Description — Occurs during women’s early to late 40s, coinciding with the onset of random chin hair. Breast loss is like watching a helium balloon deflate — Tanner 5 is tight and perky. Gurley I has a bit of give. By Gurley II, we’re talking obvious softening and a bit of drifting down. It is usually marked by emotional outbursts, provoked by occasions such as —
a) None of the Victoria’s Secret staff will wait on you, even though you obviously have money to spend. Perhaps it is because you’ve been back four times in the past week, each time asking for another fitting. You’re sure that if you can just find the right person to measure you, you’ll still be a C. Who is making all these broken tape measures, anyway? After another fruitless shopping trip, you write an irate complaint to the State Department of Weights and Measures, which files your letter under “menopause” and ignores it.
b) Your sisters, aunts and mother begin sending you anonymous bra packages. Even though the bras are lovely, and bizarrely seem to fit, you check the label and toss them, because someone got the size wrong. It’s kind of sad, really, how, after all this time, your family still doesn’t know you.
c) Finally, your girlfriends stage an intervention. Let’s just say that wine, self-defense class maneuvers and popping elastic bra straps are involved, and leave it at that.
Gurley Stage III: The Folds
Description — Sets in around the late 40s, early 50s, occurring in the two years prior to the loss of all periods, during the perimenopausal stage of hot flashes. Your helium balloons can now wrinkle. Having made it through the denial phase, you are obsessed with how much breast time you have left. You realize that men will think you’re drooping, but you know, more accurately, that your breasts are shrinking, until soon there will be only a fold of skin lying on your chest. When you’re at the gym, in front of the big wall mirrors, you see that all the women in their late 40s and early 50s around you look the same:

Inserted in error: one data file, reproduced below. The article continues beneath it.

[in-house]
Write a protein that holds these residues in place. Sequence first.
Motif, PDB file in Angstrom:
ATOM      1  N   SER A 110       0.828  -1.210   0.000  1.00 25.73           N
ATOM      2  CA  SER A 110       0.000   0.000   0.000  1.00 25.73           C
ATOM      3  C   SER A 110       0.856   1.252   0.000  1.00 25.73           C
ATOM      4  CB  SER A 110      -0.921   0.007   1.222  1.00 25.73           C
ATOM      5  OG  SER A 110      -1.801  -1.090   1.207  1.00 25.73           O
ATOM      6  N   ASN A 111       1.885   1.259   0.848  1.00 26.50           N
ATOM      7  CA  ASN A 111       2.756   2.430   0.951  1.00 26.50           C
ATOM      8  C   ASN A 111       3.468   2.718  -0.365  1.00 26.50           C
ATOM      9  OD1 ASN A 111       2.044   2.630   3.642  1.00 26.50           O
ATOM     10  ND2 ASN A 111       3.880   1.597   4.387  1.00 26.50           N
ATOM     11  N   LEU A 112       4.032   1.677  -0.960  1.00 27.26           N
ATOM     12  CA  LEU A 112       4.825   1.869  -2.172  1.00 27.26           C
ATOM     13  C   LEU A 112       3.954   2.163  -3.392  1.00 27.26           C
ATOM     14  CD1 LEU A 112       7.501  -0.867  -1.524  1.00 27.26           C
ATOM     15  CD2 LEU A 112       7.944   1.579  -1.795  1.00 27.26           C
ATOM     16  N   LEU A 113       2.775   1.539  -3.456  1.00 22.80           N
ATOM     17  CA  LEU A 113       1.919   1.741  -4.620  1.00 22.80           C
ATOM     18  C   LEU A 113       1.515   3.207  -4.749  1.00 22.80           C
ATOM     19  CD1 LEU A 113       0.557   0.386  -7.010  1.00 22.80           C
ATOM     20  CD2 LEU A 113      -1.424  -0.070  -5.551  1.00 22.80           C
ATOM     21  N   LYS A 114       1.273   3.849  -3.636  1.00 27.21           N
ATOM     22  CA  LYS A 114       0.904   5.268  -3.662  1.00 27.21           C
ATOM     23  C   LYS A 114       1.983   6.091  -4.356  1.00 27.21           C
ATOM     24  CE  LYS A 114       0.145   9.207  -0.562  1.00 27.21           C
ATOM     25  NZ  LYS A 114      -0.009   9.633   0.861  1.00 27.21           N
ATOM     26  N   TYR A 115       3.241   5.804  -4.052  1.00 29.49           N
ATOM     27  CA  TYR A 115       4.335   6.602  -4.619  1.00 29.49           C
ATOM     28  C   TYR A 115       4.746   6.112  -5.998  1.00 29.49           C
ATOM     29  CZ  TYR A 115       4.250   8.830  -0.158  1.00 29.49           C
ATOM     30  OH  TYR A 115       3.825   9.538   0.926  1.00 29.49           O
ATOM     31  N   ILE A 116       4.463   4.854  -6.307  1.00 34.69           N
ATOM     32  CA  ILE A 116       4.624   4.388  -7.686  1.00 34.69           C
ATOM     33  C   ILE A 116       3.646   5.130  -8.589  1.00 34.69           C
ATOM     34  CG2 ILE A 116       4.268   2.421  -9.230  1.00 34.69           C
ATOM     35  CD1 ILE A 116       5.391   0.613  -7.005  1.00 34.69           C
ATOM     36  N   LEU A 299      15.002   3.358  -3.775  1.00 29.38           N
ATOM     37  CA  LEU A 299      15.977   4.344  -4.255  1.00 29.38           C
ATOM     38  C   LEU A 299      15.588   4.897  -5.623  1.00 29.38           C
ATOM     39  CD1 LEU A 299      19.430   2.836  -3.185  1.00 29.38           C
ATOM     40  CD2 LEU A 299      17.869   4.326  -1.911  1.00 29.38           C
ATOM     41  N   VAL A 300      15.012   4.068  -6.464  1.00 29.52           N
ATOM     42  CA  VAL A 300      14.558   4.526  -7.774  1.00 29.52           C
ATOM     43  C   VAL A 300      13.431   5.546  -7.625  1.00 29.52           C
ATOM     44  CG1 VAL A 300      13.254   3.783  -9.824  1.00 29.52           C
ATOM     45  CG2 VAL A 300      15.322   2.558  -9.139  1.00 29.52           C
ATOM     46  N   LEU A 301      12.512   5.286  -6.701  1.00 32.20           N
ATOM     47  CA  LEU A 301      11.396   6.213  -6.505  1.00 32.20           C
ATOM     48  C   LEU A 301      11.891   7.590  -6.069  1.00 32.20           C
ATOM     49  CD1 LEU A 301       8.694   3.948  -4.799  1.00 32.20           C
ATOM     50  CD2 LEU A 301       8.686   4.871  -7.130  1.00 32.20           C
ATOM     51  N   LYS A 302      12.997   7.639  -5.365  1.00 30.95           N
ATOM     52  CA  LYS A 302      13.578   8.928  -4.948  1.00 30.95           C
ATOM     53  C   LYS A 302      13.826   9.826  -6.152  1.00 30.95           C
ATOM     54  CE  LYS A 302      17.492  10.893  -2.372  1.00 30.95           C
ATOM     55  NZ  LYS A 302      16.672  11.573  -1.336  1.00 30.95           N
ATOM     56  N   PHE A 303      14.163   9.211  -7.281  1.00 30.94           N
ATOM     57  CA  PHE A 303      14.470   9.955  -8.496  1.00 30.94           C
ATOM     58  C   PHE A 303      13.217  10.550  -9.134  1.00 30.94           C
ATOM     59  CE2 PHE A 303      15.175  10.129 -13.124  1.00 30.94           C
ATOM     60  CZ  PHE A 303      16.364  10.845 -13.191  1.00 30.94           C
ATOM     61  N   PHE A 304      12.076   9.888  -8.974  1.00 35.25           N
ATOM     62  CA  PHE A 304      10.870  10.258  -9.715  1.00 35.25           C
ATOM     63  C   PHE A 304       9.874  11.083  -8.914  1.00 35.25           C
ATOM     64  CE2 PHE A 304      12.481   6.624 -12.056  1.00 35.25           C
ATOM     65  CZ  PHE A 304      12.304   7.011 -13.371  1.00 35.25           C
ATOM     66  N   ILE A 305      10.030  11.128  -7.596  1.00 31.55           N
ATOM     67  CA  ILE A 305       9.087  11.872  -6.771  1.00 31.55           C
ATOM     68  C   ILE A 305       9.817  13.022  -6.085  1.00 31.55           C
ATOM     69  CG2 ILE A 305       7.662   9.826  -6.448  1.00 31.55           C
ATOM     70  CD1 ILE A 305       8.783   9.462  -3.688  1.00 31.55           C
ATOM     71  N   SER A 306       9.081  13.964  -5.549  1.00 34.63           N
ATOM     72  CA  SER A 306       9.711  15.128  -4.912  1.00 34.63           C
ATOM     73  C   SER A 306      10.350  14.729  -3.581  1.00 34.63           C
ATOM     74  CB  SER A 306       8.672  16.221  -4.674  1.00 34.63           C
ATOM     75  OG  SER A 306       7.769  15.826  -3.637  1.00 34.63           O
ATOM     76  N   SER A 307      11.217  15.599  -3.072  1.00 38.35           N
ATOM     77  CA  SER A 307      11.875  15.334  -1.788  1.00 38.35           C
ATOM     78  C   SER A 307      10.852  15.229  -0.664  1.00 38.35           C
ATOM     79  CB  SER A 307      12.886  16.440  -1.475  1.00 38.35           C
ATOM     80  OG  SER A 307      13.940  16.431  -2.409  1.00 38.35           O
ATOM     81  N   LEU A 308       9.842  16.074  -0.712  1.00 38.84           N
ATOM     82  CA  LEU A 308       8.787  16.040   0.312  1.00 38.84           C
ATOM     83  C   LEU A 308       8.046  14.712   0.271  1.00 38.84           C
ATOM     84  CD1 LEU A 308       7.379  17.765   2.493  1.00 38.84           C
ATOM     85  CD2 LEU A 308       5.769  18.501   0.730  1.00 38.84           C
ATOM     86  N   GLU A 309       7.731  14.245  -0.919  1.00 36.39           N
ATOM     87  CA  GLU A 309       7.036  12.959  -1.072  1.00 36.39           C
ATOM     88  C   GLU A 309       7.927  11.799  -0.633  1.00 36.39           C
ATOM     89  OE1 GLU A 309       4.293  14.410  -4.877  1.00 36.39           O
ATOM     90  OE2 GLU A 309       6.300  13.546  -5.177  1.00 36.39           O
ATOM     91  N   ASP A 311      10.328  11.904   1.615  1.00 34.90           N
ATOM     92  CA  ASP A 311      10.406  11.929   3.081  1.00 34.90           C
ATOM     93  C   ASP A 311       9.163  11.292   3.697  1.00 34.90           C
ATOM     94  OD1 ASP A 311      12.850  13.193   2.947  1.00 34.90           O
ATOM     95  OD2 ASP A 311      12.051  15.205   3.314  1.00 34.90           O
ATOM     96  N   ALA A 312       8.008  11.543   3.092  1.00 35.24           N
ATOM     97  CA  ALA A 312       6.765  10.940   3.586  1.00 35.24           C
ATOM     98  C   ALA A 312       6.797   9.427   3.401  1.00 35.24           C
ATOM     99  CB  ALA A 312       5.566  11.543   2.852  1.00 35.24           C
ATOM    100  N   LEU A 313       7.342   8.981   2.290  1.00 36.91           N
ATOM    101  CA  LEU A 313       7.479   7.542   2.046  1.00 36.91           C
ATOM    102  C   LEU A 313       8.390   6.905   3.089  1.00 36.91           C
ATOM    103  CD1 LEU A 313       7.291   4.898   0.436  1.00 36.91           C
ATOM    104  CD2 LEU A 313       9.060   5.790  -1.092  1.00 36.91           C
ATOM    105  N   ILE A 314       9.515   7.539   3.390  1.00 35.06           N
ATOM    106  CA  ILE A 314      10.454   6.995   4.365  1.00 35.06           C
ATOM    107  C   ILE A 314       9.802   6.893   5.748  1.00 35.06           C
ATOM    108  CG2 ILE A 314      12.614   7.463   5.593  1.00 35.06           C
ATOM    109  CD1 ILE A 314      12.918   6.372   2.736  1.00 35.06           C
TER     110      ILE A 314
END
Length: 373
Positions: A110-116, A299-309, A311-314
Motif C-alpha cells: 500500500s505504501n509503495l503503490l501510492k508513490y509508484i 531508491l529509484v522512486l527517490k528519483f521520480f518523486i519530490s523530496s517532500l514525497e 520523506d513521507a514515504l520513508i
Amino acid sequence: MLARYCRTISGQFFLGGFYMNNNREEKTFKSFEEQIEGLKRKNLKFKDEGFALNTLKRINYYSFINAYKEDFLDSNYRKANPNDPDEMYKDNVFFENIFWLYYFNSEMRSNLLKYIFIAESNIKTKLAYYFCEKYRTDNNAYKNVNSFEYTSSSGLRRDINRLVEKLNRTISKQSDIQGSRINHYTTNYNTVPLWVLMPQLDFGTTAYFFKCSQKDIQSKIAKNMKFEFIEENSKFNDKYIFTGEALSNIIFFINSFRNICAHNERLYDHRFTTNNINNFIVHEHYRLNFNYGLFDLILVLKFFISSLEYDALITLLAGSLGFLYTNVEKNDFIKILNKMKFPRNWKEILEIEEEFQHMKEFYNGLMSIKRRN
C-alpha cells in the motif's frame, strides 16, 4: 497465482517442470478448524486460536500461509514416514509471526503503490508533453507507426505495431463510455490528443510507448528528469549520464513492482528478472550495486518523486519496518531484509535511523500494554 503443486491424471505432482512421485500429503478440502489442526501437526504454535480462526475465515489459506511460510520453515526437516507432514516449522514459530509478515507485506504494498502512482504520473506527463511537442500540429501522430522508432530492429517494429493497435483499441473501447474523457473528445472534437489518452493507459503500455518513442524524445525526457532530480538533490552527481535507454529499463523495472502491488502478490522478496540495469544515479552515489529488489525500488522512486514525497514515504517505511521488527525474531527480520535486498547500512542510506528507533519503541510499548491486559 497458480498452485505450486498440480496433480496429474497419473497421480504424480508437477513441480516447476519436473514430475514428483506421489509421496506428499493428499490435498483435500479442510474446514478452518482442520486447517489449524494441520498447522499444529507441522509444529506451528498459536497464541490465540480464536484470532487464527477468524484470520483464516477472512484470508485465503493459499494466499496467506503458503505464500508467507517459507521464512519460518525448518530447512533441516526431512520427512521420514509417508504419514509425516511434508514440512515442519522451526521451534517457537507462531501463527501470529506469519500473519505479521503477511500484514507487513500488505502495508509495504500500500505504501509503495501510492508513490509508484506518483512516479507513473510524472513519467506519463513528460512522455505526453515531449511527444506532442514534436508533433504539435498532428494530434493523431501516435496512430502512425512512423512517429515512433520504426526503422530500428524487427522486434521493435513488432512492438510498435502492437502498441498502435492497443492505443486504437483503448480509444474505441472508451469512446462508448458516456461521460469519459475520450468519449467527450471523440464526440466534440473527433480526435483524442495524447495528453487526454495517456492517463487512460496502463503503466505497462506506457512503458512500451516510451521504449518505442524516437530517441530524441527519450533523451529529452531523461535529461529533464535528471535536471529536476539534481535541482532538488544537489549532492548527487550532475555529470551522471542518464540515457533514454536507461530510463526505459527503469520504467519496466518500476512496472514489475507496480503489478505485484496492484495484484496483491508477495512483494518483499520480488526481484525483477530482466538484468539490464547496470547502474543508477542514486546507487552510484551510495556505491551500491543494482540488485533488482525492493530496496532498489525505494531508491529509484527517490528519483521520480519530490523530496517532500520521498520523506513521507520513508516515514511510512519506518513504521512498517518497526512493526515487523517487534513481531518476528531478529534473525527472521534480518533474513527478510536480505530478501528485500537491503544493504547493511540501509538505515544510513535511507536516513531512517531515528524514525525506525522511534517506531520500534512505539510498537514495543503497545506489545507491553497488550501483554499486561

a) Breast shape is now like two crescent moons lying on their curved sides, as though the breasts are evaporating from the top down.
b) No bounce. There is, instead, a “swing.”
c) Even for women with small breasts, the nipples point down.
d) If you had cleavage before, you now have crepe cleavage. Gurley Stage III is classically accompanied by a frantic splurge on “supporting” bras, proving that you can, in fact, buy breasts without having to undergo plastic surgery.
Gurley Stage IV: The Pressed Flower
Description — Post-menopause. Your breasts began with a stage known as a bud, but they now resemble a pressed flower. You’ve made your peace with the changes, and more important, you know the pressed-flower version fits with the rest of you — a more focused and distilled version of your younger self.
So what, in the long run, does my all this mean to the future of medicine? Well, not to be too arrogant, but just as Dr. Tanner “invented” breast development, I, Dr. Gurley, have just “invented” breast regression. Now, as you sip your latte in a cafe and people-watch with a friend, you can lean forward and say, “What do you think: Gurley III or IV?”
And your friend can answer, “Not sure — but she carries it well, doesn’t she?”